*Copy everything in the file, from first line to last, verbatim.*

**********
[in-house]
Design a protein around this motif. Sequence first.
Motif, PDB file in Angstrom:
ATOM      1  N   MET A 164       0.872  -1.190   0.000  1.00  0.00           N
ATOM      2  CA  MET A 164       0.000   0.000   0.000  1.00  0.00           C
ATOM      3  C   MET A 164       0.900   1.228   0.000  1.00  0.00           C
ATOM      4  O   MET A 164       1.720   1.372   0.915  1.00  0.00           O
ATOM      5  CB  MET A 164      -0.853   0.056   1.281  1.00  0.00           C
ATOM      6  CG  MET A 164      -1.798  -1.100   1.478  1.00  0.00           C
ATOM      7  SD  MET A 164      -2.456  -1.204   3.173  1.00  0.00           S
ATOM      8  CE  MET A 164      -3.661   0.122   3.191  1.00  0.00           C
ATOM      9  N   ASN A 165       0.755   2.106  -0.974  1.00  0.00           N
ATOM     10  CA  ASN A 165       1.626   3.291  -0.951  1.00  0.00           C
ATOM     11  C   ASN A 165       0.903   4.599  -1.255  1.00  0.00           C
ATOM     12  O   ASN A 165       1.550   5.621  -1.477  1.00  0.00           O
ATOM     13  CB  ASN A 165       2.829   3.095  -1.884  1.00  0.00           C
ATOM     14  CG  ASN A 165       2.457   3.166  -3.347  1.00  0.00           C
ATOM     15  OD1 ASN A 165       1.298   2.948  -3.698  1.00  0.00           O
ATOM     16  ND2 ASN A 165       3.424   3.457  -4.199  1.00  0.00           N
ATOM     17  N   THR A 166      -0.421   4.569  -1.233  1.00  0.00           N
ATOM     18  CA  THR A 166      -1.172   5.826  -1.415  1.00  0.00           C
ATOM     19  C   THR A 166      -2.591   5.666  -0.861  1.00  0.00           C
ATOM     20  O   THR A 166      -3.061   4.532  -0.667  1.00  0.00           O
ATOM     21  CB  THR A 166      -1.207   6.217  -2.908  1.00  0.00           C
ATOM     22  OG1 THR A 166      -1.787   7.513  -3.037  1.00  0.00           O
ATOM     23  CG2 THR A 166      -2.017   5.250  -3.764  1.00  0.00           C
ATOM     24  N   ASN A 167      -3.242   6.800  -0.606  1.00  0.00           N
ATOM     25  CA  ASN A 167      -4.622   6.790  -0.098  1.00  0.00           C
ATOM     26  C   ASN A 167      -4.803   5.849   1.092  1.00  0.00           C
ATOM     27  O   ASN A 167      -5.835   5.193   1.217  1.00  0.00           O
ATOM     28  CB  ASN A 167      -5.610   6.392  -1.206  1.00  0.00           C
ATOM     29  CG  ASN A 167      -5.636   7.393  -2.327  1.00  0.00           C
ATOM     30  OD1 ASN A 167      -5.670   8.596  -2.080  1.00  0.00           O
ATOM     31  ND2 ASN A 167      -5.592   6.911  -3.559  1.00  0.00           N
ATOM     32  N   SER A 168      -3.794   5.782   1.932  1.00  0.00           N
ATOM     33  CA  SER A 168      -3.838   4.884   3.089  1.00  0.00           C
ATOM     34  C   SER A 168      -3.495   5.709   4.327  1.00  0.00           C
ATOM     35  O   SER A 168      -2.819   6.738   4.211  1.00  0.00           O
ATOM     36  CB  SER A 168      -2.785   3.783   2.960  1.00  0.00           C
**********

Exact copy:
[in-house]
Design a protein around this motif. Sequence first.
Motif, PDB file in Angstrom:
ATOM      1  N   MET A 164       0.872  -1.190   0.000  1.00  0.00           N
ATOM      2  CA  MET A 164       0.000   0.000   0.000  1.00  0.00           C
ATOM      3  C   MET A 164       0.900   1.228   0.000  1.00  0.00           C
ATOM      4  O   MET A 164       1.720   1.372   0.915  1.00  0.00           O
ATOM      5  CB  MET A 164      -0.853   0.056   1.281  1.00  0.00           C
ATOM      6  CG  MET A 164      -1.798  -1.100   1.478  1.00  0.00           C
ATOM      7  SD  MET A 164      -2.456  -1.204   3.173  1.00  0.00           S
ATOM      8  CE  MET A 164      -3.661   0.122   3.191  1.00  0.00           C
ATOM      9  N   ASN A 165       0.755   2.106  -0.974  1.00  0.00           N
ATOM     10  CA  ASN A 165       1.626   3.291  -0.951  1.00  0.00           C
ATOM     11  C   ASN A 165       0.903   4.599  -1.255  1.00  0.00           C
ATOM     12  O   ASN A 165       1.550   5.621  -1.477  1.00  0.00           O
ATOM     13  CB  ASN A 165       2.829   3.095  -1.884  1.00  0.00           C
ATOM     14  CG  ASN A 165       2.457   3.166  -3.347  1.00  0.00           C
ATOM     15  OD1 ASN A 165       1.298   2.948  -3.698  1.00  0.00           O
ATOM     16  ND2 ASN A 165       3.424   3.457  -4.199  1.00  0.00           N
ATOM     17  N   THR A 166      -0.421   4.569  -1.233  1.00  0.00           N
ATOM     18  CA  THR A 166      -1.172   5.826  -1.415  1.00  0.00           C
ATOM     19  C   THR A 166      -2.591   5.666  -0.861  1.00  0.00           C
ATOM     20  O   THR A 166      -3.061   4.532  -0.667  1.00  0.00           O
ATOM     21  CB  THR A 166      -1.207   6.217  -2.908  1.00  0.00           C
ATOM     22  OG1 THR A 166      -1.787   7.513  -3.037  1.00  0.00           O
ATOM     23  CG2 THR A 166      -2.017   5.250  -3.764  1.00  0.00           C
ATOM     24  N   ASN A 167      -3.242   6.800  -0.606  1.00  0.00           N
ATOM     25  CA  ASN A 167      -4.622   6.790  -0.098  1.00  0.00           C
ATOM     26  C   ASN A 167      -4.803   5.849   1.092  1.00  0.00           C
ATOM     27  O   ASN A 167      -5.835   5.193   1.217  1.00  0.00           O
ATOM     28  CB  ASN A 167      -5.610   6.392  -1.206  1.00  0.00           C
ATOM     29  CG  ASN A 167      -5.636   7.393  -2.327  1.00  0.00           C
ATOM     30  OD1 ASN A 167      -5.670   8.596  -2.080  1.00  0.00           O
ATOM     31  ND2 ASN A 167      -5.592   6.911  -3.559  1.00  0.00           N
ATOM     32  N   SER A 168      -3.794   5.782   1.932  1.00  0.00           N
ATOM     33  CA  SER A 168      -3.838   4.884   3.089  1.00  0.00           C
ATOM     34  C   SER A 168      -3.495   5.709   4.327  1.00  0.00           C
ATOM     35  O   SER A 168      -2.819   6.738   4.211  1.00  0.00           O
ATOM     36  CB  SER A 168      -2.785   3.783   2.960  1.00  0.00           C